Well-known Port Elizabeth pianist Ulagh Williams has been tapping a different kind of keyboard for her latest creative venture and is launching her first book, an action-packed novel set in exotic locales, at the Barn Theatre next week.
The singer-songwriter, pianist and music teacher has based Dying for a Song on her life as a professional performing around the world, centred on her cabaret contracts at five-star hotels in the Middle East.
The twist in the tail, however, is that the book is fiction and she takes the story into the murky world of human trafficking, served up with a dollop of glamour, humour and plenty of suspense along the way.
“I spent several years in the Middle East doing what the main character, Julia Gold, does and it is me,” the Greenshields Park wife and mother of one said in an interview.
“If I didn’t get married and have a kid several years ago that would still be my life. It’s like a parallel identity kind of thing except for the love life and the out-there story line, and a lot of me and my passions are coming out in the characters.”
Williams believes being an entertainer has given her a unique bird’s eye view into other people’s lives with the benefit of going relatively unnoticed as an individual herself.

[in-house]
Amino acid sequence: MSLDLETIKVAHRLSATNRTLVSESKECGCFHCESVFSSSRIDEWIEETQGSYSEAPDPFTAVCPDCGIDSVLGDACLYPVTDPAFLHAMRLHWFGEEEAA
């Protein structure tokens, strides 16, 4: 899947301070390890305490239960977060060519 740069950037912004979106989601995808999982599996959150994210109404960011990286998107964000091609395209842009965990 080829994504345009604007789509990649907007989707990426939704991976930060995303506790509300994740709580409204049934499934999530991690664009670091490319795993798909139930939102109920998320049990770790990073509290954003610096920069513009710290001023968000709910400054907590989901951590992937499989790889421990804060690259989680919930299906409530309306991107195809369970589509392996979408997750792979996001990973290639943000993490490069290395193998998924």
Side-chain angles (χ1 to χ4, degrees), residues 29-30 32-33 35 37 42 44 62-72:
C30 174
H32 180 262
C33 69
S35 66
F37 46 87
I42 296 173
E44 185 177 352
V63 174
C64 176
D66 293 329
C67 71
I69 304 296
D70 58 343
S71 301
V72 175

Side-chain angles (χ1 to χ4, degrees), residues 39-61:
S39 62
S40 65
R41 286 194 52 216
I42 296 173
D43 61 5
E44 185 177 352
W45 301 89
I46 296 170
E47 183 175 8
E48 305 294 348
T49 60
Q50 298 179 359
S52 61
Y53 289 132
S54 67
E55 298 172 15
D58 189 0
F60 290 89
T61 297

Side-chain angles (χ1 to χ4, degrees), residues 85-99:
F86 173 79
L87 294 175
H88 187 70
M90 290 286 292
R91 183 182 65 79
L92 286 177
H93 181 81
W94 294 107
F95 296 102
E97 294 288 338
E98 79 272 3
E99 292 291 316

“As a professional musician, you are wallpaper – but what is it like to be just a soundtrack to other people’s lives six days a week?” she asks.
She says the suspense builds when the main character stumbles upon a human trafficking network, and the plot twists and turns from there.
“I’ve always read suspense novels from authors like Kathy Reichs, Lee Child, Karin Slaughter, Tess Gerritsen, and always wanted to write a book that I’ve wanted to read.”
However, said Williams, whereas their protagonists generally were characters like an attorney, a pathologist or a detective, she asked, “What if the main character was a musician?”
She researched the background extensively.
“I’ve spent 20 years working in the music industry but this is completely uncharted territory for me. I went heavily into researching so that it would not be a fluff piece or just chick-lit and would ring true for people who were living, or had lived, in those places.”
So far the feedback has been great: “People have told me it starts slowly but then becomes ‘un-put-downable’. It goes where you don’t think it’s going to go!”
However, not even her husband, fellow musician Gareth, knew she was writing a book.
“I didn’t tell anyone, I would just lie in bed with a laptop and put down a few lines.”
It was thanks to her next-door neighbour in Greenshields Park, Diane Lang, who herself is a writer, that Williams found the courage to publish her novel.
“I went over to ask if there was ever a chance I would be a writer, and she said ‘give me the thing, let me read it’, which she did and told me ‘I can’t put it down, you’re an author already!’”
Williams says Dying for a Song is the first in a trilogy and she is almost finished writing the second novel.
The launch is by invite only on Tuesday February 27. Further information from Williams, 083-627-4686.